[cabfpub] Ballot 118 - SHA1 Sunset
Rick_Andrews at symantec.com
Tue Oct 28 09:38:45 MST 2014
There’s more to discuss here. First of all, I don’t think we’ve heard from *all* browser vendors. Clearly, what Ryan said below applies to Chrome (and I presume Opera, since they share the common Chromium open source base) and IE. I don’t recall hearing from Gerv during the F2F, so I’d appreciate a positive confirmation about Firefox. And we’ve not yet heard from Apple. Geoff Keating, can you please confirm that Safari will accept SHA-2 signed CRLs from SHA-1 roots after January 1, 2017?
Second: speaking only for Symantec (although I suspect other CAs will agree) I don’t want to make the change from SHA-1 CRLs to SHA-2 CRLs at midnight December 31, 2016. We’d like to make the change sooner, perhaps early December 2016 when we have a full staff in the office. I would like positive confirmation from all browser vendors that the latest version of their browser will not *reject* a SHA-2 CRL from a SHA-1 CA before January 1, 2017. Thanks in advance.
From: Ryan Sleevi [mailto:sleevi at google.com]
Sent: Friday, October 24, 2014 4:57 PM
To: Rick Andrews
Cc: 王文正; 陳立群; CABFPub
Subject: Re: [cabfpub] Ballot 118 - SHA1 Sunset
Browser vendors have repeatedly responded to this - during the discussion of the ballot and during F2F.
To answer the specific question, "Will SHA-1 signed CRLs be accepted after January 1, 2017", the answer from multiple vendors has been:
On January 1, 2017, SHA-1-based signatures will no longer be accepted. The use of SHA-1 for non-signature purposes (e.g. the ReponderID construct, key hash, or cert ID) will remain accepted.
This should make it clear and unambiguous that CRLs and OCSP responses that are still signed with SHA-1 on or after January 1, 2017, will no longer validate. As such, a CA who continues to do so is effectively doing the same thing as providing an invalid CRL or OCSP response - and clients will not be able to use this for revocation information.
Focusing on things like "Will it show a warning" is counter-productive, because the answer has been consistently that "The signatures will not be accepted". If the signature is not accepted, the data cannot be used, ergo the CA will be unable to revoke certificates, the same as if they served an invalid CRL.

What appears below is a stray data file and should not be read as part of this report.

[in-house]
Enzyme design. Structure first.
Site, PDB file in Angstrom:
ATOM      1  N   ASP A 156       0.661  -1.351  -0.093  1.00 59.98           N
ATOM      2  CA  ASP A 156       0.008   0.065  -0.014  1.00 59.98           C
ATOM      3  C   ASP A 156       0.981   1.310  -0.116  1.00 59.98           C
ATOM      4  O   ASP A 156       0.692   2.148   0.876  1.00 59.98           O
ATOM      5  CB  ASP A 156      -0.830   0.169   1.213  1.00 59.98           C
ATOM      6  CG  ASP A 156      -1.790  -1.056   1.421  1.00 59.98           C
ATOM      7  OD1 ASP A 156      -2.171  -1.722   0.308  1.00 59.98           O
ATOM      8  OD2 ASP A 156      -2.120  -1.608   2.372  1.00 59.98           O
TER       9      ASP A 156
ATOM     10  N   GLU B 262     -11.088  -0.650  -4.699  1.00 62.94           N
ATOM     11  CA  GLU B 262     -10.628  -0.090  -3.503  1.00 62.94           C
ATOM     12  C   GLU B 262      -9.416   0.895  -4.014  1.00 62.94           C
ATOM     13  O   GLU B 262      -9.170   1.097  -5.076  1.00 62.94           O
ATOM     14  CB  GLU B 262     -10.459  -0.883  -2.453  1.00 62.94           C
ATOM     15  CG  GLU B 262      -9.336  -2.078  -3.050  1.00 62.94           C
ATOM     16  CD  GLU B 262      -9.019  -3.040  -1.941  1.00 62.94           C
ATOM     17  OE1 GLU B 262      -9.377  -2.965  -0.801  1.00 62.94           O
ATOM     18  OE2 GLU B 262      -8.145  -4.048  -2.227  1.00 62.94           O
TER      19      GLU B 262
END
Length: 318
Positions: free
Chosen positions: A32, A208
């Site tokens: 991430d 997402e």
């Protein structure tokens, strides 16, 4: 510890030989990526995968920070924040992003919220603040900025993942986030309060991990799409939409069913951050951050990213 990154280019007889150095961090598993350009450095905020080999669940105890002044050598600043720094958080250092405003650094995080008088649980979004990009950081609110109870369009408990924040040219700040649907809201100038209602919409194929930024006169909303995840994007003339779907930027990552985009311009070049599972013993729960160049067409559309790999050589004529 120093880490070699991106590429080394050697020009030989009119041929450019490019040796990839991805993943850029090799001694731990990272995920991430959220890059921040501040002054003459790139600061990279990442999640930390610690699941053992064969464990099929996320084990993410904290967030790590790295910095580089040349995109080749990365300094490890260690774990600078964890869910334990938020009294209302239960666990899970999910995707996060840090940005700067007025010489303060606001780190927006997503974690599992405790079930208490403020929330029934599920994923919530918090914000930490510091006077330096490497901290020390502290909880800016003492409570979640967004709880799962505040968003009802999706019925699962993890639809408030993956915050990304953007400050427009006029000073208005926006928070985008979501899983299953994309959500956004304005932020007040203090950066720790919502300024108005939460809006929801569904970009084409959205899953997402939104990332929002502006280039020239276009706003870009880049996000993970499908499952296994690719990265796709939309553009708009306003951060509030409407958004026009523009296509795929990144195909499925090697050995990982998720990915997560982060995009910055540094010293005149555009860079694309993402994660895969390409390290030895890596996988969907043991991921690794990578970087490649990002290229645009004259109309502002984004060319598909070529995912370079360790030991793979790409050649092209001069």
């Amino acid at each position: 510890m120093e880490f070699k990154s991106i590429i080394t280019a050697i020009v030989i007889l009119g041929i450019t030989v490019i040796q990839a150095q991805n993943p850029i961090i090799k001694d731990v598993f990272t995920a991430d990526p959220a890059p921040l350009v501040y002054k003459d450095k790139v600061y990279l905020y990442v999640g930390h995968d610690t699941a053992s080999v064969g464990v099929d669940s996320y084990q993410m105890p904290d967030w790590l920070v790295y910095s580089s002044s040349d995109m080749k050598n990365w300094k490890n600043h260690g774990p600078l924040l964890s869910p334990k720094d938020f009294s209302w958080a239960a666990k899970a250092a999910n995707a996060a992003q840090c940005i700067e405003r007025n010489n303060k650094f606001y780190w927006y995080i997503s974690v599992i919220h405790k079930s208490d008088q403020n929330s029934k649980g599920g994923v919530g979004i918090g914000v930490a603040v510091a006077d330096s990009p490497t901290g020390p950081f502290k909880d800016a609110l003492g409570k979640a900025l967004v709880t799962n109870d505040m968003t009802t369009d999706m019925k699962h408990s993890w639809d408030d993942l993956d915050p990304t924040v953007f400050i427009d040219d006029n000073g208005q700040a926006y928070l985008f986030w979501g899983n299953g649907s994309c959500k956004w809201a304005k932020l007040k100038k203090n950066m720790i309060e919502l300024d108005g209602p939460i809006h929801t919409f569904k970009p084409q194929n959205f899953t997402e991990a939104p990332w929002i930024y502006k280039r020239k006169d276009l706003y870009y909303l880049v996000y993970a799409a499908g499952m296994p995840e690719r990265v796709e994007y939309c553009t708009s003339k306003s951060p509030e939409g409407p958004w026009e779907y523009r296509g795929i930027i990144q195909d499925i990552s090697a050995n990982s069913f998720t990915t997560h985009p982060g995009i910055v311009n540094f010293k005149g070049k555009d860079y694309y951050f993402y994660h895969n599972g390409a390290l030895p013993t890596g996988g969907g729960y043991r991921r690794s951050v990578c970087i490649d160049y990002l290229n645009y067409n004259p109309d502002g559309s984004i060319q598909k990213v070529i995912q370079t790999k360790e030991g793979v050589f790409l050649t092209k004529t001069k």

On Fri, Oct 24, 2014 at 4:41 PM, Rick Andrews <Rick_Andrews at symantec.com<mailto:Rick_Andrews at symantec.com>> wrote:
Wen-Cheng, I agree that we should clarify this for the BRs.
Browser vendors, please respond.
From: 王文正 [mailto:wcwang at cht.com.tw<mailto:wcwang at cht.com.tw>]
Sent: Thursday, October 23, 2014 8:52 PM
To: Rick Andrews; 陳立群; 'CABFPub'
Subject: RE: [cabfpub] Ballot 118 - SHA1 Sunset
Besides from the purpose of building CRLSets and OneCR, I think that since the current BR mandates Root CAs to issue CRL, it is necessary to clarify the SHA-1 validity period for signing CRL in section 9.4.2, otherwise we leave ambiguity in the BR.
(Please refer to Appendix B of the BR, for the cRLDistributionPoints extension field of the Subordinate CA Certificate, it says “This extension MUST be present and MUST NOT be marked critical. It MUST contain the HTTP URL of the CA’s CRL service.” That implies that Root CAs MUST issue CRL.)
As for revocation checking mechanisms adopted by browsers, modern browsers indeed will check OCSP first. However, if the OCSP check failed after several retries, our observation (from our CA’s http access log) is that some browsers will do CRL fetching as a fallback.
From: public-bounces at cabforum.org<mailto:public-bounces at cabforum.org> [mailto:public-bounces at cabforum.org] On Behalf Of Rick Andrews
Sent: Friday, October 24, 2014 2:42 AM
To: 陳立群; 'CABFPub'
Subject: Re: [cabfpub] Ballot 118 - SHA1 Sunset
I don’t know the answer, but most (maybe all?) modern browsers don’t check CRLs today. However, I would re-state your question as “For the purpose of building CRLSets and OneCRL, will Google and Mozilla require CRLs to be signed with SHA-2 after 2017, or will they still accept CRLs signed with SHA-1?” Ryan Sleevi and Gerv Markham would have to answer this.
At the face-to-face meeting in Beijing, a similar question was discussed about OCSP. Here are notes from the minutes of the meeting: